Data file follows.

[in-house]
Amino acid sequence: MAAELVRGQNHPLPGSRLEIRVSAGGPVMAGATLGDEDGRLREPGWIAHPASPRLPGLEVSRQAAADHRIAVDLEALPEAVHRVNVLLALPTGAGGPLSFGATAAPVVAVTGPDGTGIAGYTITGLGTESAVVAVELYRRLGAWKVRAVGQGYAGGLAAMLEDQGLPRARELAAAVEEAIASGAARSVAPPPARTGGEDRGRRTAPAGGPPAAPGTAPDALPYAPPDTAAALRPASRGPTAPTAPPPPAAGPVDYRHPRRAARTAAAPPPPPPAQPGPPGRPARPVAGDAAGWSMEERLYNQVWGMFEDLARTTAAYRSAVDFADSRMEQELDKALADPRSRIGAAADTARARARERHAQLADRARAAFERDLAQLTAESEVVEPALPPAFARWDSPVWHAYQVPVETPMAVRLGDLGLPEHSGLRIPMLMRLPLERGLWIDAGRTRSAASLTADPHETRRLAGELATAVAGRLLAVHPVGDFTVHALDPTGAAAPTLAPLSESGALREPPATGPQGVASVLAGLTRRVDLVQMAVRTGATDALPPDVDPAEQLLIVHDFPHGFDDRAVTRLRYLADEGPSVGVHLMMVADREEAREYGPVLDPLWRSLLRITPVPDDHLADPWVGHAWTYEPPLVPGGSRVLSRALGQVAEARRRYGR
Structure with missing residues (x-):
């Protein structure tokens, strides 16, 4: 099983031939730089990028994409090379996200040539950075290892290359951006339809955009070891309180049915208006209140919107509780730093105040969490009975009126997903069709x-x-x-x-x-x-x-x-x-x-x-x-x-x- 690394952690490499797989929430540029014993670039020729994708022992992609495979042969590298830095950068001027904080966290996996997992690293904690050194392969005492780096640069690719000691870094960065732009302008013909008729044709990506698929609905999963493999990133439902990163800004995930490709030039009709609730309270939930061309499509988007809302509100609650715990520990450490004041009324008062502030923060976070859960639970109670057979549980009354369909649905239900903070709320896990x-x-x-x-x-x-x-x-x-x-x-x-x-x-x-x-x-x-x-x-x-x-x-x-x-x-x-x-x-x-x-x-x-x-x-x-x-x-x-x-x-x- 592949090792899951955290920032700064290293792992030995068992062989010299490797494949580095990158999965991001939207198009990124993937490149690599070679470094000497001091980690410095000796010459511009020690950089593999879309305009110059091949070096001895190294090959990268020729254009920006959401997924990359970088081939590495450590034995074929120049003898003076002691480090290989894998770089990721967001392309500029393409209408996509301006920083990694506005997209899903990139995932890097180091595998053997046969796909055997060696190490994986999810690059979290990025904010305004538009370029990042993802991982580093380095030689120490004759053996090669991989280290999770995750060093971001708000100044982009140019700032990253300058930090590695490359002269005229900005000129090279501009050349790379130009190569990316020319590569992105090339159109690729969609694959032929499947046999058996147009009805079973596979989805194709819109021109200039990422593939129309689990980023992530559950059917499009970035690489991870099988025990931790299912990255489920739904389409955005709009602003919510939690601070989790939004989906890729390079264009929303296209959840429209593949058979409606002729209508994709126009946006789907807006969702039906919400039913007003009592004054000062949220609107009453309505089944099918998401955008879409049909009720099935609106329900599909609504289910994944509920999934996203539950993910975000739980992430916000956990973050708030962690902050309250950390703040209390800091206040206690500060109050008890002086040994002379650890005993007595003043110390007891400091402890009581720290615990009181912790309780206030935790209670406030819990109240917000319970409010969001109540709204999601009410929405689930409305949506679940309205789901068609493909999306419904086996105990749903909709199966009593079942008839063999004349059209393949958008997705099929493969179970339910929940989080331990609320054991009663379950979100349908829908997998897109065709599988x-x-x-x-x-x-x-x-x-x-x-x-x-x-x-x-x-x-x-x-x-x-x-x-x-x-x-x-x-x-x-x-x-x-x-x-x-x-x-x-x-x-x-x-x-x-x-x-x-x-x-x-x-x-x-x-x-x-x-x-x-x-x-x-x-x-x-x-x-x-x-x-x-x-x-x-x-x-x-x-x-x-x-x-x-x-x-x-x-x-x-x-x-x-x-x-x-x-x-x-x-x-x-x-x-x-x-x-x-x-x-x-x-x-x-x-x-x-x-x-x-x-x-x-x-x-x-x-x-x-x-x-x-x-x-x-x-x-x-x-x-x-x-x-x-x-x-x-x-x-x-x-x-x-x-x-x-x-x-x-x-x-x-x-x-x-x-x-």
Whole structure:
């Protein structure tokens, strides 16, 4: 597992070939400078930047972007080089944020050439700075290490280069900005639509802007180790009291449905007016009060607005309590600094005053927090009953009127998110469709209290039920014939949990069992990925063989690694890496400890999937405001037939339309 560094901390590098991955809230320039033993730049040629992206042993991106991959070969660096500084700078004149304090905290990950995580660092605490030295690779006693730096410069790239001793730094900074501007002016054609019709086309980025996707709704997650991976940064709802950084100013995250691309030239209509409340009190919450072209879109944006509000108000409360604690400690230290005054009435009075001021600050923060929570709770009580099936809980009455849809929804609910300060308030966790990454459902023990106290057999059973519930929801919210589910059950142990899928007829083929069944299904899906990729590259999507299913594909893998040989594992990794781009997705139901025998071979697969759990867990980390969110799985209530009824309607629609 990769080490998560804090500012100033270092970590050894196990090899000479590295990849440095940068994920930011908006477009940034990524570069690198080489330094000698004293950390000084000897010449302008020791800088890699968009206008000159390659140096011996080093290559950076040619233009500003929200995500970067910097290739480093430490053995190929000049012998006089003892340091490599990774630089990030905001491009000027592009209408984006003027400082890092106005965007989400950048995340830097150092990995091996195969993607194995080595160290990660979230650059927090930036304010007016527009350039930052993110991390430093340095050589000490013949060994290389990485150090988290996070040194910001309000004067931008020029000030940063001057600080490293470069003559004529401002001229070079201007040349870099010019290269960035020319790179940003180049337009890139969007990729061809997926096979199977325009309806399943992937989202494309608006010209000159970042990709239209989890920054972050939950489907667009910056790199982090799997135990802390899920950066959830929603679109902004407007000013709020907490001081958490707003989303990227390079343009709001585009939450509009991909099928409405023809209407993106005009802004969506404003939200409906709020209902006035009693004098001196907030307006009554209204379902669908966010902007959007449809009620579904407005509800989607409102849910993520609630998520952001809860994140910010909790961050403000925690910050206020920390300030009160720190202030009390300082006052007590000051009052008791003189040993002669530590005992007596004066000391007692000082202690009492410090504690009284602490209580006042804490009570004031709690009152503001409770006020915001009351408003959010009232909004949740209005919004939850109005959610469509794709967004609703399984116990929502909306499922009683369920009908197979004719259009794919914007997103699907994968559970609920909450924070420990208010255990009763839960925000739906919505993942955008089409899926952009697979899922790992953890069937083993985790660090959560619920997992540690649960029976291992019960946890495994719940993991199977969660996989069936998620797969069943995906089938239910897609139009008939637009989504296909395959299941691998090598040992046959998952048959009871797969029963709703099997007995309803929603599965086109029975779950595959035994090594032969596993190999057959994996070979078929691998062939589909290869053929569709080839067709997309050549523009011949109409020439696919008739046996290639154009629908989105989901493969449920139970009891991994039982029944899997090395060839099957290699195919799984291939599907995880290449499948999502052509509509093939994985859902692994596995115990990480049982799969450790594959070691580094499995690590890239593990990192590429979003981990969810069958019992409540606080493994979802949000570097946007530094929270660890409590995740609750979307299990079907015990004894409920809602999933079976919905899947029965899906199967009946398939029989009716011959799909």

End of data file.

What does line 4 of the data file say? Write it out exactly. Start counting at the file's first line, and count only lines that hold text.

């Protein structure tokens, strides 16, 4: 099983031939730089990028994409090379996200040539950075290892290359951006339809955009070891309180049915208006209140919107509780730093105040969490009975009126997903069709x-x-x-x-x-x-x-x-x-x-x-x-x-x- 690394952690490499797989929430540029014993670039020729994708022992992609495979042969590298830095950068001027904080966290996996997992690293904690050194392969005492780096640069690719000691870094960065732009302008013909008729044709990506698929609905999963493999990133439902990163800004995930490709030039009709609730309270939930061309499509988007809302509100609650715990520990450490004041009324008062502030923060976070859960639970109670057979549980009354369909649905239900903070709320896990x-x-x-x-x-x-x-x-x-x-x-x-x-x-x-x-x-x-x-x-x-x-x-x-x-x-x-x-x-x-x-x-x-x-x-x-x-x-x-x-x-x- 592949090792899951955290920032700064290293792992030995068992062989010299490797494949580095990158999965991001939207198009990124993937490149690599070679470094000497001091980690410095000796010459511009020690950089593999879309305009110059091949070096001895190294090959990268020729254009920006959401997924990359970088081939590495450590034995074929120049003898003076002691480090290989894998770089990721967001392309500029393409209408996509301006920083990694506005997209899903990139995932890097180091595998053997046969796909055997060696190490994986999810690059979290990025904010305004538009370029990042993802991982580093380095030689120490004759053996090669991989280290999770995750060093971001708000100044982009140019700032990253300058930090590695490359002269005229900005000129090279501009050349790379130009190569990316020319590569992105090339159109690729969609694959032929499947046999058996147009009805079973596979989805194709819109021109200039990422593939129309689990980023992530559950059917499009970035690489991870099988025990931790299912990255489920739904389409955005709009602003919510939690601070989790939004989906890729390079264009929303296209959840429209593949058979409606002729209508994709126009946006789907807006969702039906919400039913007003009592004054000062949220609107009453309505089944099918998401955008879409049909009720099935609106329900599909609504289910994944509920999934996203539950993910975000739980992430916000956990973050708030962690902050309250950390703040209390800091206040206690500060109050008890002086040994002379650890005993007595003043110390007891400091402890009581720290615990009181912790309780206030935790209670406030819990109240917000319970409010969001109540709204999601009410929405689930409305949506679940309205789901068609493909999306419904086996105990749903909709199966009593079942008839063999004349059209393949958008997705099929493969179970339910929940989080331990609320054991009663379950979100349908829908997998897109065709599988x-x-x-x-x-x-x-x-x-x-x-x-x-x-x-x-x-x-x-x-x-x-x-x-x-x-x-x-x-x-x-x-x-x-x-x-x-x-x-x-x-x-x-x-x-x-x-x-x-x-x-x-x-x-x-x-x-x-x-x-x-x-x-x-x-x-x-x-x-x-x-x-x-x-x-x-x-x-x-x-x-x-x-x-x-x-x-x-x-x-x-x-x-x-x-x-x-x-x-x-x-x-x-x-x-x-x-x-x-x-x-x-x-x-x-x-x-x-x-x-x-x-x-x-x-x-x-x-x-x-x-x-x-x-x-x-x-x-x-x-x-x-x-x-x-x-x-x-x-x-x-x-x-x-x-x-x-x-x-x-x-x-x-x-x-x-x-x-």